I've heard that toxoplasmosis happens when the stuff with pet wastes in the compost don't reach an internal temperature that would kill the evil bacteria. So composting the cat pee newspaper in a large pile/bin outside for at least six months, and then using that compost in the garden would probably be ok. Mixing these materials with small, or indoor composting projects, though, could pose a health risk.
You can use that compost around trees but not on plants that you will be eating . It rains / you water and the compost splashes on you lovely strawberries then you or your kid eats the strawberries straight from the plant and eat cat compost. Sorry to be such a pian in the rear but oldest sister is vet med, and I get to listen to that stuff. :(
There are plenty of posts around the internet about composting cat litter/waste. In general, it's safe as long as you let it compost for longer than average (I think the general consensus was about six months). <br /> <br /> Remember, feral cats (who are the most likely carriers of toxoplasmosis) are just wandering around pooping wherever they want. It doesn't get composted. As long as you follow good-sense precautions, composting cat waste is totally safe.<br />
If I lived in a warmer climate, I'd just get an old colander and keep the used gravel outside through a few rains. Cat urine has a very distinctive aroma, and clothing with pee in it never quite stops smelling. You could rinse the towel before putting it in the washer, but at that point there's sort of an impasse of wasting water to get the pee out of the towel vs. putting newspaper in the landfill in order to use new newspaper.
I use white vinegar in loads of laundry regularly to get rid of cat urine smells. 1/4 cup a load works good. Enzyme treatments like stink free work good but sometimes can fade clothes. With some items, even those methods didn't work, so I wouldn't wash clothes together with the towel. For someone wanting to compost the cat waste, they might want to look into something like this vermaculture that dramatically reduces cat waste ecoli. http://www.amnh.org/nationalcenter/youngnaturalistawards/2005/Eric.html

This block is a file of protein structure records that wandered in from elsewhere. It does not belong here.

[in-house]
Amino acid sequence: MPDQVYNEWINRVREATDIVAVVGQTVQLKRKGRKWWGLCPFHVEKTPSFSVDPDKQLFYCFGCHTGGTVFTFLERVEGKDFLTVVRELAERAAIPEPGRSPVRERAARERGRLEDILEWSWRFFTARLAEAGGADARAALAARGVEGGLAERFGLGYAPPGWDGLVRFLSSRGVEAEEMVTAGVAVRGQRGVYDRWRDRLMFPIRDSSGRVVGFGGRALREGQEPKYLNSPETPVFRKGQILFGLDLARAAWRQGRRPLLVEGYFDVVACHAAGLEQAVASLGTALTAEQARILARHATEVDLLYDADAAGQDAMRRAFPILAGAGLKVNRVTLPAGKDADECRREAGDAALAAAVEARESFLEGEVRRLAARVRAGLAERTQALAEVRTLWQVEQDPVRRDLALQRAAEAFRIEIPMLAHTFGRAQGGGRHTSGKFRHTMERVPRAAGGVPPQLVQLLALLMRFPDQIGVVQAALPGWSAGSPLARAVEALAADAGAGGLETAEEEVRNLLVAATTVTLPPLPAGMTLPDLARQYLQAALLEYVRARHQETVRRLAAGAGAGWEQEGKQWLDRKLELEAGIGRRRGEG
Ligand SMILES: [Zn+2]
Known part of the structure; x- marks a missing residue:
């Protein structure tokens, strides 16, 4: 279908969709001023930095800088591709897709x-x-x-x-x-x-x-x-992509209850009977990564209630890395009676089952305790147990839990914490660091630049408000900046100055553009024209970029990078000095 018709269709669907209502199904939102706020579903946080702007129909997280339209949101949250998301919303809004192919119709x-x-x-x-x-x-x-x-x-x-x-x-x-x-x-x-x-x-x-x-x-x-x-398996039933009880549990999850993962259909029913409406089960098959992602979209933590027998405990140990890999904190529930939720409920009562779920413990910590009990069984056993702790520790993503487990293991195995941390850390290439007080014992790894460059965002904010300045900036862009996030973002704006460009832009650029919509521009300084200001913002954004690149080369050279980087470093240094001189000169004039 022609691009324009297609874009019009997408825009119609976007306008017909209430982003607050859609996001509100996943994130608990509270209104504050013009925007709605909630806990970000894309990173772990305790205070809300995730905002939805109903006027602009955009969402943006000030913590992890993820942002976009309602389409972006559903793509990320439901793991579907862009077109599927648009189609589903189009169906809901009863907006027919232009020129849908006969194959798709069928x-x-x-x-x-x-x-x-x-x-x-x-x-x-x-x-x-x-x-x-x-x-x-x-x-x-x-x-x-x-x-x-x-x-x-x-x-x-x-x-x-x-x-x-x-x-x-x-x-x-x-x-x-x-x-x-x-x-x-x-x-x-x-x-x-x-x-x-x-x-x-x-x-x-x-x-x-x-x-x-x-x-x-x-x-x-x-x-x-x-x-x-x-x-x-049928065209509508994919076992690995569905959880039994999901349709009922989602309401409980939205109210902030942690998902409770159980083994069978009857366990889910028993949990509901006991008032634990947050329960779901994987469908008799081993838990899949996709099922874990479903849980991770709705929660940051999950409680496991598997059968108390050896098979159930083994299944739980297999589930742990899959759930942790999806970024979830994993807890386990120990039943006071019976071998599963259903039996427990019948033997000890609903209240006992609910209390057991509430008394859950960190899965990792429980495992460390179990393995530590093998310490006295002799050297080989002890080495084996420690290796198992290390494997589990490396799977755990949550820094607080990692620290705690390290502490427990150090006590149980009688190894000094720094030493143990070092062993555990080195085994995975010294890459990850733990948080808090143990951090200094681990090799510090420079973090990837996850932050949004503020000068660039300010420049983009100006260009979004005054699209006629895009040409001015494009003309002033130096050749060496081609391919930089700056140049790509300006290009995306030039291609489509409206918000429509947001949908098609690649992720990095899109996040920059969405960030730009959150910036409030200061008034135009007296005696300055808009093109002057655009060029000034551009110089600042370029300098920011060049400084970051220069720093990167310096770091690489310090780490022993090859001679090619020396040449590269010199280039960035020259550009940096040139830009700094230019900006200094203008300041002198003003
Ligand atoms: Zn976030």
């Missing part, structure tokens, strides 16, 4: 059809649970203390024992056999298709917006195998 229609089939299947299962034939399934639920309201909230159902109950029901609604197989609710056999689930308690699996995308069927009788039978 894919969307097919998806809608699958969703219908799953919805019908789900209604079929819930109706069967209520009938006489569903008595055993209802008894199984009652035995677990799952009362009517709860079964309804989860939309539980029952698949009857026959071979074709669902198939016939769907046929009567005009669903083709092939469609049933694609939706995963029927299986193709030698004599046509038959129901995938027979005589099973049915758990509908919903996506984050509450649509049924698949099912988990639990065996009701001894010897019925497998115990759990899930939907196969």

All right, I'm convinced.&nbsp; That description of how to use the towel, and why I should not be so icked out that I don't try this, was a fun read.<br />
Have to watch this washing the cloth in your washer if you have a pregnant lady in the house. There might be that cat box baby disease thinger to worry about.
Toxoplasmosis Gondii. That's a good point. I'd also be very leery of washing a cat urine soaked blanket in the washing machine. A cat's sense of smell is MUCH better than ours. Imagine if there's trace amounts of cat urine smell on everything in the closet? Wouldn't have to worry about using a litter box ever again.
wash the toweling in natures miracle or any other enzymatic pet odor neutraliser.